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There came an hour when the Franks believed that no human power could have saved them, and gave thanks that their prayer had been answered. The Northmen, or Vikings as they were called, for the word "Viking" had come to mean sea robber, made their way up the Seine River to Rouen. Then, having taken that city and made their progress thus far unchecked, they sailed farther up the river into this inland realm, with its walled cities and tilled fields, which was as strange to these foreigners from the bleak Northland as their mountain islands would have been to the Franks. On and on they sailed, a [120] fleet of one hundred and twenty dragon ships, till for the first time Vikings and Viking boats lay under the walls of Paris. That was as strange an hour in history as that day, more than four hundred years before, when Alaric and his barbarians stood before the city of Rome; and not the least strange part of it was that in the great family of races these Northmen and the Goths of that former day were kindred peoples.

Ragnar, the Viking leader, stood at the prow of the foremost ship and gazed with wonder and fierce longing at the turrets and towers of the fair Frankish city. Then he landed, and his men after him,—the crews of one hundred and twenty ships,—and rushed through the gates. They took the people of Paris wholly unawares, for no one had dreamed that the northern pirates would ever come so far inland. Up and down the streets the wild bands of Northmen went, slaying those who came in their way, till the people fled in terror to their homes, leaving their city in the hands of the barbarians.

For a few hours the Vikings pursued their work of destruction, unchecked save by groups of brave men who withstood them here and there in the city. They robbed the palaces and public buildings of their treasures, and set fire to each before they left it. They had no respect even for the churches, [121] but entered them and tore down pillars of marble and precious stone and stripped the altars of their gold and silver vessels. But while the marauders were in the church of St. Germain a thick fog fell upon the city. To the religious Parisians it seemed that "God blinded the heathen by the darkness of their own wickedness," and in the Viking accounts of this "Raid of Ragnar" we read that on this voyage the ships went too far inland and "came into a strange region of mists and enchantments."

The Vikings came out from their plundering to find the face of Paris changed. A thick gray mist shut everything from their view. Before they had gone a dozen steps, the church from which they had come was hidden, from them. They could not tell which way the street turned, but blundered about in the narrow ways. In their haste for treasure and slaughter none had noticed carefully where they were going, and now a cry of panic arose in the gloom when they realized that they did not know which way the ships lay. They lost each other, and many were killed in the fights in the darkness when no one could tell which was Frank and which was Northman. Those who found their way back to the ships waited as long as they dared for the others, but at last terror seized them lest they should never be able to escape [122] to the broad ocean. In a panic they drew up their anchors, and setting their black sails and pulling on their oars besides, they departed with all haste down the river Seine.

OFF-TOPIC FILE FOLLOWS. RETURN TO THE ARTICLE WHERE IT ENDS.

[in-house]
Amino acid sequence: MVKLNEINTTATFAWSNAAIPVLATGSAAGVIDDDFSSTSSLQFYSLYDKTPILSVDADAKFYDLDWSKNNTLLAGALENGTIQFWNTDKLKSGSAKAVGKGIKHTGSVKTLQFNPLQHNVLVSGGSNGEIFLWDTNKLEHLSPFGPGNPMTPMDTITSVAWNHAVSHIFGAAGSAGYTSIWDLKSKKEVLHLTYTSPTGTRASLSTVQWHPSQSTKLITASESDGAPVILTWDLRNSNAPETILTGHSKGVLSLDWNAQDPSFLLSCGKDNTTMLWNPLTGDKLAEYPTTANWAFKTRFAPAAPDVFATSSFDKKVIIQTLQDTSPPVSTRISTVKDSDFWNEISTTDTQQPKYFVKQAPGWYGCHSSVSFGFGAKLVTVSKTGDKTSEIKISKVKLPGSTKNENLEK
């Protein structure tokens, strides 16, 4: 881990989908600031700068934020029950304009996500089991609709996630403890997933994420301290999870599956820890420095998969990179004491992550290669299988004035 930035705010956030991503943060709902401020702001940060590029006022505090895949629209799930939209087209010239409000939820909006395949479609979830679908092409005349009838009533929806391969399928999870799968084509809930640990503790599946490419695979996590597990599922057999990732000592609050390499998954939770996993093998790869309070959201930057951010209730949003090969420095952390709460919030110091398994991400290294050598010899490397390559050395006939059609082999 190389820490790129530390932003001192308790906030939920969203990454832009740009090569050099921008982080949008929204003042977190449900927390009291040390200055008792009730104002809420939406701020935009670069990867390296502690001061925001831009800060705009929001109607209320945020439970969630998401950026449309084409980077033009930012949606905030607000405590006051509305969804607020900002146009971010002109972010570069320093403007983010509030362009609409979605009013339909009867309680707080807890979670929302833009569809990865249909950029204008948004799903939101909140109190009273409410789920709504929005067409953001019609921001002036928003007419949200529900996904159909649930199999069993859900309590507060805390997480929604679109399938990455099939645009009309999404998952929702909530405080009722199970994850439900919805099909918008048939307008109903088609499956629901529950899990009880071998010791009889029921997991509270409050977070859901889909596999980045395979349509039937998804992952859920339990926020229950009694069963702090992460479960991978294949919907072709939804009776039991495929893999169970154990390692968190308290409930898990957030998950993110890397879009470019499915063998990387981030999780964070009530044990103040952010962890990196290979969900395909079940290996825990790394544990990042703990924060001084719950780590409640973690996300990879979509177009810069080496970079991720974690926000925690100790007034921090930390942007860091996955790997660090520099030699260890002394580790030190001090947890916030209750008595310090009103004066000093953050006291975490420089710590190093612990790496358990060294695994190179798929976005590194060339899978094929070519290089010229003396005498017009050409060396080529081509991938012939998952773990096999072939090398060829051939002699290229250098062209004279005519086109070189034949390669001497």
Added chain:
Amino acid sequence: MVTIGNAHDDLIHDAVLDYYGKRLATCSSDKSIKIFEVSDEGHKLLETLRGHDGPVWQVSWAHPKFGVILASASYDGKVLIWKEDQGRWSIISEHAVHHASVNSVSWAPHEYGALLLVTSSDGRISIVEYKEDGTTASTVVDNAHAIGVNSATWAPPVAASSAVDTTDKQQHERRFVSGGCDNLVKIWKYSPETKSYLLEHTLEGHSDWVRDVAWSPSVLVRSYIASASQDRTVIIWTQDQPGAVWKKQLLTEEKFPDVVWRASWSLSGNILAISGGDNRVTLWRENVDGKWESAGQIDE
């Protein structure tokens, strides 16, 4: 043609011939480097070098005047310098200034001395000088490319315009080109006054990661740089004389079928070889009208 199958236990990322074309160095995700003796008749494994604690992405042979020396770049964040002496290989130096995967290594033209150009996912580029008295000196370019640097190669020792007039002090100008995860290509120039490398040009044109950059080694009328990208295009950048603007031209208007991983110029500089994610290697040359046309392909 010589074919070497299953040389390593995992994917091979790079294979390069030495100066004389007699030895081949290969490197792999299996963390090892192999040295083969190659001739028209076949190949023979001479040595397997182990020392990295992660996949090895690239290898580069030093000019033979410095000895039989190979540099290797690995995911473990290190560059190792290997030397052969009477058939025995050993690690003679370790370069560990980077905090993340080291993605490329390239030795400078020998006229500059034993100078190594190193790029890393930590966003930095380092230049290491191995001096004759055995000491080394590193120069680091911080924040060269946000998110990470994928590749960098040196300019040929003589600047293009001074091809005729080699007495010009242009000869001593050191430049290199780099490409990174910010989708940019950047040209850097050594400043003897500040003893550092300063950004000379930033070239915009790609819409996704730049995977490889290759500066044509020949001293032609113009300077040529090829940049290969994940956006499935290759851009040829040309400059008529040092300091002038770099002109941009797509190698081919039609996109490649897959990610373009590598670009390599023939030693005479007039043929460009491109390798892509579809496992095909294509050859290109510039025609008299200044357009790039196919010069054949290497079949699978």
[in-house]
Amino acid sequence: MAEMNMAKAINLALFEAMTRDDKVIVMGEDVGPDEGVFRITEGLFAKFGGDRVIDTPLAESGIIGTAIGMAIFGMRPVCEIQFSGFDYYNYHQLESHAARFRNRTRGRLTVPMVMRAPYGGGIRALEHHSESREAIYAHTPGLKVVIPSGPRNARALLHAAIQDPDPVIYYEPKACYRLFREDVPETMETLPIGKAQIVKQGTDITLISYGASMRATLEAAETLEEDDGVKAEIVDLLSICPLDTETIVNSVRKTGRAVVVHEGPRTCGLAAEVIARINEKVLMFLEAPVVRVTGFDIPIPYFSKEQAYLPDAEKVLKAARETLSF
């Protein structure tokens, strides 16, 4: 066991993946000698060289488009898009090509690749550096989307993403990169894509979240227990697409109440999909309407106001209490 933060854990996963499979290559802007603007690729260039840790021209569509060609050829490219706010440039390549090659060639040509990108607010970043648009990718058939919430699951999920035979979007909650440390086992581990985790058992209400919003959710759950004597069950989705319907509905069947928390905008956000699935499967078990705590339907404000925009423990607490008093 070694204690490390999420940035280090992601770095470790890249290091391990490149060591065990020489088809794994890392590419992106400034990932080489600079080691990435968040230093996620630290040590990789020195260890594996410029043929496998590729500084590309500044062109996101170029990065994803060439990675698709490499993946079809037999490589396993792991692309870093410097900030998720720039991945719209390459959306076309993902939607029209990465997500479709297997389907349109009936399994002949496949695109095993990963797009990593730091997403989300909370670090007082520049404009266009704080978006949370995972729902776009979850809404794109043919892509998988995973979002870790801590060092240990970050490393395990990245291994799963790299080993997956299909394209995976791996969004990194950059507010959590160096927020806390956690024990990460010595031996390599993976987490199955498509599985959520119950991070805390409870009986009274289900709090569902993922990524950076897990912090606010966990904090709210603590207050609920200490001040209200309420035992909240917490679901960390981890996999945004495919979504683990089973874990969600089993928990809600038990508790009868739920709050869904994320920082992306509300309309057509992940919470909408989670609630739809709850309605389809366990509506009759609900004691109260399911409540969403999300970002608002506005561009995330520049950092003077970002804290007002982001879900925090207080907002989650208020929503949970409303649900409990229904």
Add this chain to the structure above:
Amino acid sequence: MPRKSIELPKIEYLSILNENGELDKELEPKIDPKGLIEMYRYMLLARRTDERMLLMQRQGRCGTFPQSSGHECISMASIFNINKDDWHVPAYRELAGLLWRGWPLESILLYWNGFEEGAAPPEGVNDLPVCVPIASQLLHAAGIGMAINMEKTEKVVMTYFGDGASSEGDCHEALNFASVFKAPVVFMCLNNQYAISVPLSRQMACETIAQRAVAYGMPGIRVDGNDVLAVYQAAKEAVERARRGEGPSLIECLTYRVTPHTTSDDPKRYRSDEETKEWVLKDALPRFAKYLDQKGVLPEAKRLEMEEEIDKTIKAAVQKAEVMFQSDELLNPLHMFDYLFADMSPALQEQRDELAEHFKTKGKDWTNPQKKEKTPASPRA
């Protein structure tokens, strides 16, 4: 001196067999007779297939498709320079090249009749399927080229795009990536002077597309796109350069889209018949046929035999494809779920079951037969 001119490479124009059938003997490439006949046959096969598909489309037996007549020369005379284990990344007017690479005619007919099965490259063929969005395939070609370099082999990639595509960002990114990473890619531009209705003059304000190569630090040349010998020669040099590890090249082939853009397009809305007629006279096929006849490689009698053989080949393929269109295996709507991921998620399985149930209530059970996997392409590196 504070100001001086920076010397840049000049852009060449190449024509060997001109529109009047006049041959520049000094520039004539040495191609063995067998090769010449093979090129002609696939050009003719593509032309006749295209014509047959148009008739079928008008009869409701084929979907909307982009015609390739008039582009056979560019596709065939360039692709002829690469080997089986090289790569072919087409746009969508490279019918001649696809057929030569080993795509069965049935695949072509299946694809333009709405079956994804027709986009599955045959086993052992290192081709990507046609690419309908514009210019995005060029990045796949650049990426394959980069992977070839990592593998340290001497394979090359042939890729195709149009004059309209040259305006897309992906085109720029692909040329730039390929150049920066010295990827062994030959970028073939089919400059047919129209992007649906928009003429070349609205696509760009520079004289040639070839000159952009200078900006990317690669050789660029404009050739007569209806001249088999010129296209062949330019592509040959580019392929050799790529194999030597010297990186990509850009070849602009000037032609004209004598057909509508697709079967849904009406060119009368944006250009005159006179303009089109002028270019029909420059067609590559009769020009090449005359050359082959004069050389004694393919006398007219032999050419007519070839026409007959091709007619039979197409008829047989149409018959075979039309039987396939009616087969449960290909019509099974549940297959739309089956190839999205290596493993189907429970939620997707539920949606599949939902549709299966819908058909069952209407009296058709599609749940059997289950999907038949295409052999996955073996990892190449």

When they came into their own waters, the Vikings had thought they could shake off forever the spell of that evil day in Paris. But they found, so the story goes, that the enchantment followed them. The fog had been a sickness breeding mist, one of those warm mists, blown up from the river lowlands, which were more terrible than the sword to the mountain dwellers of the north. The sickness pursued them to their own land, and there many died; until the heart of Ragnar was smitten with fear, and he went to the king and confessed to him that he had robbed the churches and had brought back many Christian prisoners, and that he feared the God of the Christians was sending this sickness as a punishment. The king hearkened unto Ragnar's word and returned all the Christian prisoners to the Franks, and with them a wondrous porphyry pillar (which Ragnar had wrenched from the church of St. Germain, where the fog fell upon him) and a host of silver vessels. "When this offering had been made," the legend reads, "the God of the Franks was satisfied, and our men recovered of their sickness."